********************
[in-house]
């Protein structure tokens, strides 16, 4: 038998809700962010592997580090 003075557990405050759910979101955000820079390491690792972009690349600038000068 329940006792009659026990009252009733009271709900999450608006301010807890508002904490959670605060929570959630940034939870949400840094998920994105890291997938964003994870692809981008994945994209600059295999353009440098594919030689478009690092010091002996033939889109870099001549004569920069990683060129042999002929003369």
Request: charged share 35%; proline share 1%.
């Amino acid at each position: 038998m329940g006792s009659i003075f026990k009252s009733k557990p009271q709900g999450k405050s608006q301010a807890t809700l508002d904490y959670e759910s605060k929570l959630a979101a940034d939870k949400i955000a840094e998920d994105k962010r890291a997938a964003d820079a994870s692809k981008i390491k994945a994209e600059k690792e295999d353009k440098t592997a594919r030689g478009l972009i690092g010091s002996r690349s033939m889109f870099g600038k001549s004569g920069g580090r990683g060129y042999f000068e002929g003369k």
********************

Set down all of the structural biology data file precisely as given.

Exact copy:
[in-house]
């Protein structure tokens, strides 16, 4: 038998809700962010592997580090 003075557990405050759910979101955000820079390491690792972009690349600038000068 329940006792009659026990009252009733009271709900999450608006301010807890508002904490959670605060929570959630940034939870949400840094998920994105890291997938964003994870692809981008994945994209600059295999353009440098594919030689478009690092010091002996033939889109870099001549004569920069990683060129042999002929003369």
Request: charged share 35%; proline share 1%.
């Amino acid at each position: 038998m329940g006792s009659i003075f026990k009252s009733k557990p009271q709900g999450k405050s608006q301010a807890t809700l508002d904490y959670e759910s605060k929570l959630a979101a940034d939870k949400i955000a840094e998920d994105k962010r890291a997938a964003d820079a994870s692809k981008i390491k994945a994209e600059k690792e295999d353009k440098t592997a594919r030689g478009l972009i690092g010091s002996r690349s033939m889109f870099g600038k001549s004569g920069g580090r990683g060129y042999f000068e002929g003369k």